This month's theme is hosted by CRUMB team member: doctoral researcher and curator Suzy O'Hara. Suzy's research investigates collaborative practices emerging between the arts and commercial creative industries.
There is currently a lot of interest in inter-disciplinary, cross-sector collaborations between the arts and commercial digital industries. This is exemplified, by the emergence of: strategic funding alliances such as the NESTA R&D Fund for the Arts (UK); technologist in residence programmes within UK arts organisations (Happenstance, Geeks in Residence) and in the US, artist in residence programmes within commercial digital industries (Facebook and Autodesk); collaborative incubator style, co-working hubs such as Fish Island Labs, Pervasive Media Studio (UK) and New INC, New Museum (US); temporary art hack events that engage with the field of production of digital, interactive and new media art, such as Hack The Space at Tate Modern and Culture Hack Scotland; collaborative exhibition contexts that merge traditional and new media curatorial strategies such as Digital Revolutions, with commercial competition based commissioning strategies of Google's Dev Art,; commercial gaming and social networking platforms being used as part of museums and gallery curatorial and engagement strategies (HullCraft (Minecraft), The Photographers' Gallery Instagram Take - over) and conferences such as Digital Utopias Conference delivered last month by AND Festival, supported by both ACE and Google UK.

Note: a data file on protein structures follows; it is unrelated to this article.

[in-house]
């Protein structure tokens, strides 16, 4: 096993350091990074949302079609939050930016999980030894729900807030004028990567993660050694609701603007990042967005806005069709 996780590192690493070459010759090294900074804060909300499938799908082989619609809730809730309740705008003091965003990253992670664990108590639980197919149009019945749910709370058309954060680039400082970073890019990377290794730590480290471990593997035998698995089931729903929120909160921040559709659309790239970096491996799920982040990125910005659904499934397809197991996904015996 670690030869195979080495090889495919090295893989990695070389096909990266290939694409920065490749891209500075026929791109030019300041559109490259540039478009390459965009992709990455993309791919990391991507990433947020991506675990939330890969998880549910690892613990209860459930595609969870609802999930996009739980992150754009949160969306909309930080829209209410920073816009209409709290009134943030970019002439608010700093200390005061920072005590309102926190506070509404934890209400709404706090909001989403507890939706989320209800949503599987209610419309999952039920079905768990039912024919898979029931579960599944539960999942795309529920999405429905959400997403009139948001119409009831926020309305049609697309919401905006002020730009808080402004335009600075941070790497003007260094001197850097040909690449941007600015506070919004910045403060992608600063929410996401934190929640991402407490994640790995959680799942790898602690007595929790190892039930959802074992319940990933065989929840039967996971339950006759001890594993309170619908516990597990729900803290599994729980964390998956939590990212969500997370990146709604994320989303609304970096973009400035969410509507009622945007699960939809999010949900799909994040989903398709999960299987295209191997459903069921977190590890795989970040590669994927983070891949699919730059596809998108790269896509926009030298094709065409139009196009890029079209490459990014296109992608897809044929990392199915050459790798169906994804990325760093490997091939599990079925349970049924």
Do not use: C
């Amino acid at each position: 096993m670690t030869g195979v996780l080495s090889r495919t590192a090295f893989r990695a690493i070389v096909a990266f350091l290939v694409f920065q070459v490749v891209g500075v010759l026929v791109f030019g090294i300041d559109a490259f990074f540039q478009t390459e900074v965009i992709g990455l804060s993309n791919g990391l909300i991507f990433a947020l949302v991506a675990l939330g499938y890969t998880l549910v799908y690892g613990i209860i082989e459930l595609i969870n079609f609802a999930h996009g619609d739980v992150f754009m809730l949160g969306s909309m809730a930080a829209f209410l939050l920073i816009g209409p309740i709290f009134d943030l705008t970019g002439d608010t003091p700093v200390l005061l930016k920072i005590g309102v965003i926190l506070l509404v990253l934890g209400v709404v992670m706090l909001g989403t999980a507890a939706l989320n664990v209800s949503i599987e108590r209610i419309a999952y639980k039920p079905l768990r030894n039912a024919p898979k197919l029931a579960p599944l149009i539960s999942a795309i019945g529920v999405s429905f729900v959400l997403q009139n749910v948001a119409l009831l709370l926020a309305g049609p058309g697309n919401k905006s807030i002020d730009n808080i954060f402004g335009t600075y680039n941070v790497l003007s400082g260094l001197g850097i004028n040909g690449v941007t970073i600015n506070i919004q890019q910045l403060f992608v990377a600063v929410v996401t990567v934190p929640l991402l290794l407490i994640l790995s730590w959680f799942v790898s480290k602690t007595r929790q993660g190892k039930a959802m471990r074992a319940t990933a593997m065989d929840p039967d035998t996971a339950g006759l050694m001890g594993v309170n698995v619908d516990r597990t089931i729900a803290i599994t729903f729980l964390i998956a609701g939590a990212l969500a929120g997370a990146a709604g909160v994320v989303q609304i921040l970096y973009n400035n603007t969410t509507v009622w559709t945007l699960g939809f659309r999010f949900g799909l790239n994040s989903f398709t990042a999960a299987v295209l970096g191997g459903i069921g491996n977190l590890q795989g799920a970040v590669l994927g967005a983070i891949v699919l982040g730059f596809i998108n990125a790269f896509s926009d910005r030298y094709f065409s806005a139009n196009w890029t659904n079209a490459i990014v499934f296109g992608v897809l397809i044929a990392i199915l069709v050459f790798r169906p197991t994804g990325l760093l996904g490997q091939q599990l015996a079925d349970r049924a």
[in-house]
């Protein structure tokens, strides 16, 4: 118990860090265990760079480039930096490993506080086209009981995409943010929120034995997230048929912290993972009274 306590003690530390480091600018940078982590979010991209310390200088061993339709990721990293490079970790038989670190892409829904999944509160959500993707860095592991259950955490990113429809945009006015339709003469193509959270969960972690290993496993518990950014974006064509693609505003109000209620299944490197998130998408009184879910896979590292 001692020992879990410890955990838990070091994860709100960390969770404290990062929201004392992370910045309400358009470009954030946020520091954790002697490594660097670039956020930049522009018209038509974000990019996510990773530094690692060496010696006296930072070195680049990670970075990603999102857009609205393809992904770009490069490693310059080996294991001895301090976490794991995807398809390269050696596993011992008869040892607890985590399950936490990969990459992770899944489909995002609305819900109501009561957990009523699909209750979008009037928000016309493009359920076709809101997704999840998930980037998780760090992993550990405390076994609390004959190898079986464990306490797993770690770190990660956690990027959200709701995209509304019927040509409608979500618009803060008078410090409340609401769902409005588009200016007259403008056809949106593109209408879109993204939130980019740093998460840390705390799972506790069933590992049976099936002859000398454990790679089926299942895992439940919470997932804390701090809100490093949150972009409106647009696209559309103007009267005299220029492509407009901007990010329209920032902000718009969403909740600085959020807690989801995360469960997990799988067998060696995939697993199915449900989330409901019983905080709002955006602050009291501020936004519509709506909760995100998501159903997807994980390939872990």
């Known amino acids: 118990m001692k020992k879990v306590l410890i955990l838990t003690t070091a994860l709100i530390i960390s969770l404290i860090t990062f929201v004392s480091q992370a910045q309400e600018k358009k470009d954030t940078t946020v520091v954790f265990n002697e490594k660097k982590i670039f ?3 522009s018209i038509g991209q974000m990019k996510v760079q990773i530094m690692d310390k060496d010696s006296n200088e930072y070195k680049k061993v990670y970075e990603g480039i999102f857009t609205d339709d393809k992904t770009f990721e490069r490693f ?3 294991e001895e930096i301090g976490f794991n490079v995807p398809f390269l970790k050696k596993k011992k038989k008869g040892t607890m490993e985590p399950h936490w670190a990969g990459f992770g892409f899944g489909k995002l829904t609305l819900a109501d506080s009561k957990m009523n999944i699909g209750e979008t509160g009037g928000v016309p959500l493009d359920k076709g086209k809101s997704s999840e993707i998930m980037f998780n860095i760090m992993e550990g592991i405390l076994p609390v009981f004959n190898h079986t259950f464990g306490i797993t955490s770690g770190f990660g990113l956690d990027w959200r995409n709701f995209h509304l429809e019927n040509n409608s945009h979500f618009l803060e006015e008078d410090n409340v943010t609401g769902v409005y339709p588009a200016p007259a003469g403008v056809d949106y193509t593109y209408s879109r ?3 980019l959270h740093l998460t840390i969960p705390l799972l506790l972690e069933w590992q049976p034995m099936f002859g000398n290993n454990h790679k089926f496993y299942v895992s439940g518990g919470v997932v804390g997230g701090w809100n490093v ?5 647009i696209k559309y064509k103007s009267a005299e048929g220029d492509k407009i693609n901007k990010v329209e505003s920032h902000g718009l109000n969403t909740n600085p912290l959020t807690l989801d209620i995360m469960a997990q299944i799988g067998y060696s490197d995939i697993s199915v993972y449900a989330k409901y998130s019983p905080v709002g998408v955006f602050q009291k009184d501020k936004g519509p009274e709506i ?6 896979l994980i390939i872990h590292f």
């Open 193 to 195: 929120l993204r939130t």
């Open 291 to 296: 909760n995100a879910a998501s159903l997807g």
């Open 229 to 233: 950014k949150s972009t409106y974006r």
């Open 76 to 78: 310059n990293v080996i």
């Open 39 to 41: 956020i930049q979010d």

My research reflects upon the differences in values, systems and working methods at play within these new curatorial contexts, and seeks to articulate an evolving curatorial role.
We are very pleased to introduce a variety of practitioners to our conversation this month. You are artists, designers, curators, technologists and researchers. We look forward to learning of your experiences and seeing where your insight, along with the voices of all of the list participants, will take this conversation over the course of the month.
To start our discussion, I would like to draw upon the invited respondents to reflect upon their own artistic and curatorial case studies and practices and share their personal experiences and thoughts on their own collaborations between arts the creative digital industries. I would like respondents to consider the ways in which we are negotiating areas of commonality and difference between these two distinct sectors, including: Values and Motivations, Money and Cultural Value, IP and Crediting, Licensing, Roles and Working Methods, Marketing, and Public engagement.
We are looking for thoughtful comments and opinions from direct personal experience rather than 'essays' - in general, things which will be of most use to other curators, producers and artists in their work.
Memo Atkin: Memo is an artist based in London, originally from Istanbul. His work investigates the collisions between man and machine; between science, technology, nature and society.
Victoria Bradbury: Victoria's research considers the performativity of code as it relates to participatory new media artworks. She is interested in ways that performativity exists in interactive systems that may or may not be labeled as "performances". Victoria delivered the Thinking Digital Art Hack in May 2014 and has participated in high profile art hack events including Hack The Space at Tate Modern and at Digital Utopias conference.
Dave Lynch: Davelynch.net works internationally with moving image, technology, installation & performance across the art, science, maker cultures in an arts/commercial context.